Fancy a healthy treat? Check out my Chocolate Chip Energy Bars which really hit the spot if you’re craving something sweet and need a lil pick me up. Full of protein & fibre so super filling & nutritious too!
Ingredients (makes 10)
2 cups oats
1/3 cup of vanilla protein powder (I use GNC SpiruMeal)
½ tsp cinnamon
2tbsp ground flaxseed
¼ tsp sea salt
¼ cup honey
¼ cup almond butter
½ cup almond milk (unsweetened)
½ tsp vanilla extract
1/3 cup dark chocolate chips
- Preheat oven to 170 °C.
- In a large bowl combine the oats, protein powder, cinnamon, flaxseed & salt.
- In a smaller bowl combine the almond butter, honey, vanilla & almond milk.
- Mix until combined then pour the wet mixture into the dry ingredients and stir until well combined.
- Gently fold in the chocolate chips.
- Pour the mixture into a small baking tray/pan lined with baking paper. Spread the mixture down flat & evenly using the back of a large spoon or your hand.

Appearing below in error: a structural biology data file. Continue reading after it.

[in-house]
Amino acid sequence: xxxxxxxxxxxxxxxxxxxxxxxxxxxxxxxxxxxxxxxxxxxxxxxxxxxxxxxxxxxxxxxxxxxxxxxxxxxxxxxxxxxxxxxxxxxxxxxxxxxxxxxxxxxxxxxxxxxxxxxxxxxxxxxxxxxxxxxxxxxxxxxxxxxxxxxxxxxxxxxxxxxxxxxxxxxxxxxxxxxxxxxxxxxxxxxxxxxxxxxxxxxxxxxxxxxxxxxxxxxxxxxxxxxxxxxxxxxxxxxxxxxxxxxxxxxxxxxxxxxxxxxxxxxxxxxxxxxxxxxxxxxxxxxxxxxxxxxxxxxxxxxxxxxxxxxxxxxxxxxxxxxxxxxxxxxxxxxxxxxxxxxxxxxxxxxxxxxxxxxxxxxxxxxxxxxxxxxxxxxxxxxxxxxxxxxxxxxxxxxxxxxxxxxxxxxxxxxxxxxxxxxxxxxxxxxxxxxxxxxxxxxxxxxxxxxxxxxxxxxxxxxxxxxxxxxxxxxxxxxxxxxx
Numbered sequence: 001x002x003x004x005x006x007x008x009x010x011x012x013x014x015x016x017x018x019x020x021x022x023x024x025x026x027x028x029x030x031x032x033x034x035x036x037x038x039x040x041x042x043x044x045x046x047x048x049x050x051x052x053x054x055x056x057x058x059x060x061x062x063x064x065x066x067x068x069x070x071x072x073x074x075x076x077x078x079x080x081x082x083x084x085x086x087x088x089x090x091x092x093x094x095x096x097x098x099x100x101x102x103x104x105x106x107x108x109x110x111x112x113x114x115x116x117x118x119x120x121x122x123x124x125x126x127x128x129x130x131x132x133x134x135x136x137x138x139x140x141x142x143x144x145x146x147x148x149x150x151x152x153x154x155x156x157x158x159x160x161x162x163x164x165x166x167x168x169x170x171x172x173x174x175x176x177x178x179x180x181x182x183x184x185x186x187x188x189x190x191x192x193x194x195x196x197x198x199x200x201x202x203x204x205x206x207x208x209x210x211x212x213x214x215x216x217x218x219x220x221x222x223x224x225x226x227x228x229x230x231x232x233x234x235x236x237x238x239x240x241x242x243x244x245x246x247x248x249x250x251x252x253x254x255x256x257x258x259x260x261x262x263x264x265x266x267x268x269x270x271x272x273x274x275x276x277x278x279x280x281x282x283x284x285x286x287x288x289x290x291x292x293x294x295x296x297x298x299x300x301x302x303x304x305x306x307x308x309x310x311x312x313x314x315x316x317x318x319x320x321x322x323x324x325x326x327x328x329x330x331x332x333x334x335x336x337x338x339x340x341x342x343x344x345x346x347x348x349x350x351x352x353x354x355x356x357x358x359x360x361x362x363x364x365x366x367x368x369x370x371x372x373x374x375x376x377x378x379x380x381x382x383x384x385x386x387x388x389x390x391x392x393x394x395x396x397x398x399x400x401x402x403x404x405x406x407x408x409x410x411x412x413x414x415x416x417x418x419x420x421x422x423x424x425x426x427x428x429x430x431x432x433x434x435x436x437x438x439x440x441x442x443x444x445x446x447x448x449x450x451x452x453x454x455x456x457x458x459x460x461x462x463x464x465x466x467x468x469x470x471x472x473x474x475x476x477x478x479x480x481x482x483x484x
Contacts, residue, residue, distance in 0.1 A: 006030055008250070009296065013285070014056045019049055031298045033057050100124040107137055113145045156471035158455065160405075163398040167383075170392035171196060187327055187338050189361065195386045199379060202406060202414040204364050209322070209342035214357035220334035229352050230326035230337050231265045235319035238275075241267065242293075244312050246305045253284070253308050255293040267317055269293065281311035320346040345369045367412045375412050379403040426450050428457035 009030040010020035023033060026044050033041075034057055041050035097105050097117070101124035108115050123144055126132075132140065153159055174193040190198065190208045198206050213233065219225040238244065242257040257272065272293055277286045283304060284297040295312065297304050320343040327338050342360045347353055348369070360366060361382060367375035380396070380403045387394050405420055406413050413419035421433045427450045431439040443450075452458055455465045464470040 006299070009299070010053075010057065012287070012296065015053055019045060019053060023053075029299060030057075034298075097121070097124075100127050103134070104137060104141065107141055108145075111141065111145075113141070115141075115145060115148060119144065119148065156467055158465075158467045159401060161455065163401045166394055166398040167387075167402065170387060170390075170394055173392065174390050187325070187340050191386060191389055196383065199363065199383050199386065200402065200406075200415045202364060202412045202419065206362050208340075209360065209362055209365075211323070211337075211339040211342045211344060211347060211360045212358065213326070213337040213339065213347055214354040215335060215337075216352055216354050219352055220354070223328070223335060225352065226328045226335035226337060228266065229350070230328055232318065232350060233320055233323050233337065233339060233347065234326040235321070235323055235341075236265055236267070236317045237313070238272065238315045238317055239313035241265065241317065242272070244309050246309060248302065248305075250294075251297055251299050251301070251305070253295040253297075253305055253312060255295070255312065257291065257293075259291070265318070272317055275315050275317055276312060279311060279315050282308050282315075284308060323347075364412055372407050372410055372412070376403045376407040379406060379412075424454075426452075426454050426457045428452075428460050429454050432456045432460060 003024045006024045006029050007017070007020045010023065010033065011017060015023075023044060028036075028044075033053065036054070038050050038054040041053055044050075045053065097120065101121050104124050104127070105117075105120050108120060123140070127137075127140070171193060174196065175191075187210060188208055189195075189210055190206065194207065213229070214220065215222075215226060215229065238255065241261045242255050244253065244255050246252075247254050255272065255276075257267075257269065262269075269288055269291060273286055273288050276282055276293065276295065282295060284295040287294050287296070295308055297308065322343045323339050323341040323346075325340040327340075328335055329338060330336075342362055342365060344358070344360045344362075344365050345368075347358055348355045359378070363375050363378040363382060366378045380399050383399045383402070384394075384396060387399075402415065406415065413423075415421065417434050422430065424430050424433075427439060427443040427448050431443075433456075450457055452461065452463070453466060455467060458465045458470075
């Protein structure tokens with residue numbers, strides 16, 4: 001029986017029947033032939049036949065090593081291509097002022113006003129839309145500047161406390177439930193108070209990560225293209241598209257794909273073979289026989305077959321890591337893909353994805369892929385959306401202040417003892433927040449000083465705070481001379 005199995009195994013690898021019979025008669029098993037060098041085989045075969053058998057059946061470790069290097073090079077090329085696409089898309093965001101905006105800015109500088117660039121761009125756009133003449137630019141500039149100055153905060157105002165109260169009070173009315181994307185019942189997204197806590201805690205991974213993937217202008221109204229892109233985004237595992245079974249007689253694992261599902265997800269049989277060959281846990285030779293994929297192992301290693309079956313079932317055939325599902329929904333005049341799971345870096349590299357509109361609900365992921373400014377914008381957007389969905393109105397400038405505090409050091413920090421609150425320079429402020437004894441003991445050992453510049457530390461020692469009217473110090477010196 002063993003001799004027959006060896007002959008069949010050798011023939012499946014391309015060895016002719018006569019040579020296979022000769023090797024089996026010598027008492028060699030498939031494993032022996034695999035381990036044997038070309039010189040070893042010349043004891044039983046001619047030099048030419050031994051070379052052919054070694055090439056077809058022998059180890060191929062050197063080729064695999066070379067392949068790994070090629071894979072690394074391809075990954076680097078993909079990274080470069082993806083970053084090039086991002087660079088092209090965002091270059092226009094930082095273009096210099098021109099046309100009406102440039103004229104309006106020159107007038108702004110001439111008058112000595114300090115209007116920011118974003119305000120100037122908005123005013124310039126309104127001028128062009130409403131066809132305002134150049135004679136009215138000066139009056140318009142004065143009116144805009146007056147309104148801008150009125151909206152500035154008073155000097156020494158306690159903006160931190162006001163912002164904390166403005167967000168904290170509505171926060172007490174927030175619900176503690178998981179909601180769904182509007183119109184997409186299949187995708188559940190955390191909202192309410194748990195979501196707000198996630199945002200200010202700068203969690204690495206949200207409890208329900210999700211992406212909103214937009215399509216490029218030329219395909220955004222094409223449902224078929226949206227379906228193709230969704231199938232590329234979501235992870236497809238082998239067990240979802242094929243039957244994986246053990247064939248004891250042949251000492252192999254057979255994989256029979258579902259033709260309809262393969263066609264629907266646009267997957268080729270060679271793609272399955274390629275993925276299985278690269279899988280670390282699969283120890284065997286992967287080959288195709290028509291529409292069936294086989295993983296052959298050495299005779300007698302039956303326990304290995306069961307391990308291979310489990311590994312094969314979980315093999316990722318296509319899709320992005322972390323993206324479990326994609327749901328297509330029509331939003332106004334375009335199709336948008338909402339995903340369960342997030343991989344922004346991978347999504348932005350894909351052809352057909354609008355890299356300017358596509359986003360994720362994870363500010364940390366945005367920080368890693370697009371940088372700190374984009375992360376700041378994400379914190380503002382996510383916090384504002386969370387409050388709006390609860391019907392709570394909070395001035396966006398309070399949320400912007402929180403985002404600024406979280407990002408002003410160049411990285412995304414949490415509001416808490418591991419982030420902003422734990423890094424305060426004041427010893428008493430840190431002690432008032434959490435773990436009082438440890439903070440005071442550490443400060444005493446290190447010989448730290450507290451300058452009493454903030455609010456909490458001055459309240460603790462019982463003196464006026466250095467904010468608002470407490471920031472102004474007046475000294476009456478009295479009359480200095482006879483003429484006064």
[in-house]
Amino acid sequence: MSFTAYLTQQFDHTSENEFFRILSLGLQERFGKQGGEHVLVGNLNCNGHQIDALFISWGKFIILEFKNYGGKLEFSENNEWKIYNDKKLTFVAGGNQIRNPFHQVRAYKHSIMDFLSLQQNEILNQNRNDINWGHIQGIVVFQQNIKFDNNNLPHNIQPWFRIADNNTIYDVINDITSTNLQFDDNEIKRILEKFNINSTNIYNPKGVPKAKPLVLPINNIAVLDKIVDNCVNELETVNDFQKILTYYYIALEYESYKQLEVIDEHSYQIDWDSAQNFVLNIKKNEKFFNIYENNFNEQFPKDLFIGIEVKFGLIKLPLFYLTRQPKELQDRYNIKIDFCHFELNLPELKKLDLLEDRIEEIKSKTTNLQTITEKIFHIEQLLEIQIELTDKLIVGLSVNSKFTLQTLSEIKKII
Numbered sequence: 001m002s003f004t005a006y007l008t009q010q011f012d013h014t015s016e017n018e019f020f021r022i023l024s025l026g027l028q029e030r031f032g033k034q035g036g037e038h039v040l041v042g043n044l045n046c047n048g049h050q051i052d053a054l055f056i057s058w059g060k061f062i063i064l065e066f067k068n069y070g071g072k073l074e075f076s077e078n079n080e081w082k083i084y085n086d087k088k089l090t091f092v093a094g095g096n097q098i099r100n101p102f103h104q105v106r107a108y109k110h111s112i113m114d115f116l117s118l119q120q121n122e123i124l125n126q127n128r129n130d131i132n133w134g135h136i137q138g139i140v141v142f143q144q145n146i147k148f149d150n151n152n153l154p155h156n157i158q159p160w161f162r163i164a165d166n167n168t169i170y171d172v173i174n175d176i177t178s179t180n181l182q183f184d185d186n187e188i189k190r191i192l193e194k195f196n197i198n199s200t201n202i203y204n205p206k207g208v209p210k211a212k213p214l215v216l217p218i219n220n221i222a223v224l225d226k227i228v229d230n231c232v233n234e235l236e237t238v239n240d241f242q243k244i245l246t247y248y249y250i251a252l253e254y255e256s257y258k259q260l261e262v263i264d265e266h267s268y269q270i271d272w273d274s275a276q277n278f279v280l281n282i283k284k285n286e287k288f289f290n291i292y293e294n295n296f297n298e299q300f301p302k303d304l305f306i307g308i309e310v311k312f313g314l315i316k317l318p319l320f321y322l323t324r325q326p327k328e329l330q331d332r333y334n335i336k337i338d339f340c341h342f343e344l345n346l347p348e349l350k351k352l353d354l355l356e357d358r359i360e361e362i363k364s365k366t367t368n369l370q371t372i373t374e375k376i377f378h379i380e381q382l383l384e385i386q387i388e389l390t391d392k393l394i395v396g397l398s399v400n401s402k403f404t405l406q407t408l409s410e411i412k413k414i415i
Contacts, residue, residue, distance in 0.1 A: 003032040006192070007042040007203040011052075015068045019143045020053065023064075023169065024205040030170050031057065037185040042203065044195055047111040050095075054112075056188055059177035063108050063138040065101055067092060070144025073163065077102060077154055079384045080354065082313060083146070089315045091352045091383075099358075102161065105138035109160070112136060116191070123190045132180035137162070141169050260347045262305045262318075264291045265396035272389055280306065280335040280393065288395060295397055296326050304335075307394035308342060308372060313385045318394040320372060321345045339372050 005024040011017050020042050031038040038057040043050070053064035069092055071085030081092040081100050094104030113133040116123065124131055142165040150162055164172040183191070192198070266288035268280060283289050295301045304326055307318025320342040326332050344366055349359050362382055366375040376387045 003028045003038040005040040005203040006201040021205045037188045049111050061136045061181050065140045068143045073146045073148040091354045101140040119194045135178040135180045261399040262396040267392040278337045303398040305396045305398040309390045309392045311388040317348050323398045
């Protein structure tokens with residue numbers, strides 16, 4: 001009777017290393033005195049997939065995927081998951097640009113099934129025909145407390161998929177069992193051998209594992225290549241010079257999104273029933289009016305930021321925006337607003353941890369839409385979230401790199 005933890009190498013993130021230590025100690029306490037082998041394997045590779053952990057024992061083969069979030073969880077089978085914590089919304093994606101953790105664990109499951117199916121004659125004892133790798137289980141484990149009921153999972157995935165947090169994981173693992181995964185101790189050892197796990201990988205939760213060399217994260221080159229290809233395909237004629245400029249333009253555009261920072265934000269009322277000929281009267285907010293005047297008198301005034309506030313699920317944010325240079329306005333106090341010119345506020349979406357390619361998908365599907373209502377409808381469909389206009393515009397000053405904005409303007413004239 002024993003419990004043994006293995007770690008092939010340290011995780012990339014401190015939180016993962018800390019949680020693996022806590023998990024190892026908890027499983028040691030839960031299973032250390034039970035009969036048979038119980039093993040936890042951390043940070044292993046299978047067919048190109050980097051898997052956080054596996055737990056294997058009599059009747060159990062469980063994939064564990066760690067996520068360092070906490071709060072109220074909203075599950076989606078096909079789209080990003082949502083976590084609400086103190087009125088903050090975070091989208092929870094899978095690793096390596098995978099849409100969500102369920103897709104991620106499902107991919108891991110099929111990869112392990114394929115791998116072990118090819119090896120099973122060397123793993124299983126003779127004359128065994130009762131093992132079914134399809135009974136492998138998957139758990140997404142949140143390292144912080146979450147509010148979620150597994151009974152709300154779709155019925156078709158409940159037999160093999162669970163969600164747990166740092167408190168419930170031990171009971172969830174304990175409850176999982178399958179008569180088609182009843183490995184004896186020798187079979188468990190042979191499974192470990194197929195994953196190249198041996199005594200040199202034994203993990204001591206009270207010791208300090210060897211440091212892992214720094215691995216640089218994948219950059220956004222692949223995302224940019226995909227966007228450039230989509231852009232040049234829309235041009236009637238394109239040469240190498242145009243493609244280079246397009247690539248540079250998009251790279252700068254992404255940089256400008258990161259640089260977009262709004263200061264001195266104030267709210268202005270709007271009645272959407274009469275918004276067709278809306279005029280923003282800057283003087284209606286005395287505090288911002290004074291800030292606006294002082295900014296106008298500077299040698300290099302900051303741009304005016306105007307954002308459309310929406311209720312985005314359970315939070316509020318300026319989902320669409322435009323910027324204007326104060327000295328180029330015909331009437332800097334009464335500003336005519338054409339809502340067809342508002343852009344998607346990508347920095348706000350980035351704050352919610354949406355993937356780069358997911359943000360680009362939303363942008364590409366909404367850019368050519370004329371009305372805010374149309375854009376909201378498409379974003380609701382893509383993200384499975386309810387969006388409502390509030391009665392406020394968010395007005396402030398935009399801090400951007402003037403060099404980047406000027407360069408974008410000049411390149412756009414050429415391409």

- Bake for 17-20 minutes until edges start to turn golden.
- Remove from oven and allow to cool in pan for approx 20-30 minutes before gently cutting into individual bars.
Elsa Jones is a qualified Nutritional Therapist and author of Bestselling Book ‘Goodbye Sugar’ available in book shops and on Amazon UK.
Diet tips to boost mood naturally & reduce anxiety
Most of us view food as fuel, it’s what gives us energy to function throughout the day. We’re conscious of how our diet impacts our weight and physical health, however, many of us underestimate the impact our diet has on our mental health. Along with exercise, quality sleep and stress management, getting the right balance of nutrients in the diet can go a long way towards balancing your mood and anxiety levels. And this can be achieved by making small, simple tweaks to your diet:
Nutritionally Balanced Diet: First and foremost, eating an overall balanced diet is key. This starts with eating nutritionally balanced meals. So at meal times it’s important that you include a portion of protein along with complex carbohydrates and plenty of vegetables.